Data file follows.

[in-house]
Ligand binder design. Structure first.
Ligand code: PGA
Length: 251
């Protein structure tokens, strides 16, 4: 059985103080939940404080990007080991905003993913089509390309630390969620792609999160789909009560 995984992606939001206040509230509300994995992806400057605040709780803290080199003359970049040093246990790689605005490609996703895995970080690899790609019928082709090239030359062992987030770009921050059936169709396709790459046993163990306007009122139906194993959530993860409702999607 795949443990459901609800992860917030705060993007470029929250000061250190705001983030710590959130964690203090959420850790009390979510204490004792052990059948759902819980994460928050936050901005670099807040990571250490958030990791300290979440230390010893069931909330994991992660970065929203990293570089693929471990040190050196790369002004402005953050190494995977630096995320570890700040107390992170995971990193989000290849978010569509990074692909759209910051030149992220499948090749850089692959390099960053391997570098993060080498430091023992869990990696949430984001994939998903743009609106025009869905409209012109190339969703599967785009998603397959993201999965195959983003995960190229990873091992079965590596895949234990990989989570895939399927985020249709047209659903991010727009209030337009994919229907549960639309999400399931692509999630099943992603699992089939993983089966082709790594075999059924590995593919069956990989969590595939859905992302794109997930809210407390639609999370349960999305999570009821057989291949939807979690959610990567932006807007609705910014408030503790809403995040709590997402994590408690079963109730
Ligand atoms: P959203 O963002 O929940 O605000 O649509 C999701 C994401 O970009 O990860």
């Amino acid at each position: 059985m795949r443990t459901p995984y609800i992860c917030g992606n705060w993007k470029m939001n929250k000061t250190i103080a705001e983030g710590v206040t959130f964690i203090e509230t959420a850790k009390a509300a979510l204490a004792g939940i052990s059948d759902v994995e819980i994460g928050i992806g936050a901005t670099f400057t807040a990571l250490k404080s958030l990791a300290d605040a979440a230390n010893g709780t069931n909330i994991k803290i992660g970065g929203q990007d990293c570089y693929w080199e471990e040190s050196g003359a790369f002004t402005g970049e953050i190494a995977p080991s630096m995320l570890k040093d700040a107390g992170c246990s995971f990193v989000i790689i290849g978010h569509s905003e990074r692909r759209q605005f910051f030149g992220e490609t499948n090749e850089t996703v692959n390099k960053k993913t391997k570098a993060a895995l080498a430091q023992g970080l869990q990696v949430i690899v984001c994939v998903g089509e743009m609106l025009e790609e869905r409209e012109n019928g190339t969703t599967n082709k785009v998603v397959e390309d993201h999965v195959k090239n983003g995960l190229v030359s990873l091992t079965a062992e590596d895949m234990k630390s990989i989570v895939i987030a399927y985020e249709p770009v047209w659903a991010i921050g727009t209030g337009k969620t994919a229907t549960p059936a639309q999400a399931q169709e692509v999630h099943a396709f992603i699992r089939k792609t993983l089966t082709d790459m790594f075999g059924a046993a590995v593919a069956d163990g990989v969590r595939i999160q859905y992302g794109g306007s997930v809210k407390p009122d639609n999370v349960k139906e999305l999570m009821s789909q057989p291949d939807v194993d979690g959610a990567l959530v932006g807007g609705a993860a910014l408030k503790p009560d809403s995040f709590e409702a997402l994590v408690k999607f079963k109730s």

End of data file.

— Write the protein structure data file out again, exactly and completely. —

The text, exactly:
[in-house]
Ligand binder design. Structure first.
Ligand code: PGA
Length: 251
């Protein structure tokens, strides 16, 4: 059985103080939940404080990007080991905003993913089509390309630390969620792609999160789909009560 995984992606939001206040509230509300994995992806400057605040709780803290080199003359970049040093246990790689605005490609996703895995970080690899790609019928082709090239030359062992987030770009921050059936169709396709790459046993163990306007009122139906194993959530993860409702999607 795949443990459901609800992860917030705060993007470029929250000061250190705001983030710590959130964690203090959420850790009390979510204490004792052990059948759902819980994460928050936050901005670099807040990571250490958030990791300290979440230390010893069931909330994991992660970065929203990293570089693929471990040190050196790369002004402005953050190494995977630096995320570890700040107390992170995971990193989000290849978010569509990074692909759209910051030149992220499948090749850089692959390099960053391997570098993060080498430091023992869990990696949430984001994939998903743009609106025009869905409209012109190339969703599967785009998603397959993201999965195959983003995960190229990873091992079965590596895949234990990989989570895939399927985020249709047209659903991010727009209030337009994919229907549960639309999400399931692509999630099943992603699992089939993983089966082709790594075999059924590995593919069956990989969590595939859905992302794109997930809210407390639609999370349960999305999570009821057989291949939807979690959610990567932006807007609705910014408030503790809403995040709590997402994590408690079963109730
Ligand atoms: P959203 O963002 O929940 O605000 O649509 C999701 C994401 O970009 O990860």
């Amino acid at each position: 059985m795949r443990t459901p995984y609800i992860c917030g992606n705060w993007k470029m939001n929250k000061t250190i103080a705001e983030g710590v206040t959130f964690i203090e509230t959420a850790k009390a509300a979510l204490a004792g939940i052990s059948d759902v994995e819980i994460g928050i992806g936050a901005t670099f400057t807040a990571l250490k404080s958030l990791a300290d605040a979440a230390n010893g709780t069931n909330i994991k803290i992660g970065g929203q990007d990293c570089y693929w080199e471990e040190s050196g003359a790369f002004t402005g970049e953050i190494a995977p080991s630096m995320l570890k040093d700040a107390g992170c246990s995971f990193v989000i790689i290849g978010h569509s905003e990074r692909r759209q605005f910051f030149g992220e490609t499948n090749e850089t996703v692959n390099k960053k993913t391997k570098a993060a895995l080498a430091q023992g970080l869990q990696v949430i690899v984001c994939v998903g089509e743009m609106l025009e790609e869905r409209e012109n019928g190339t969703t599967n082709k785009v998603v397959e390309d993201h999965v195959k090239n983003g995960l190229v030359s990873l091992t079965a062992e590596d895949m234990k630390s990989i989570v895939i987030a399927y985020e249709p770009v047209w659903a991010i921050g727009t209030g337009k969620t994919a229907t549960p059936a639309q999400a399931q169709e692509v999630h099943a396709f992603i699992r089939k792609t993983l089966t082709d790459m790594f075999g059924a046993a590995v593919a069956d163990g990989v969590r595939i999160q859905y992302g794109g306007s997930v809210k407390p009122d639609n999370v349960k139906e999305l999570m009821s789909q057989p291949d939807v194993d979690g959610a990567l959530v932006g807007g609705a993860a910014l408030k503790p009560d809403s995040f709590e409702a997402l994590v408690k999607f079963k109730s």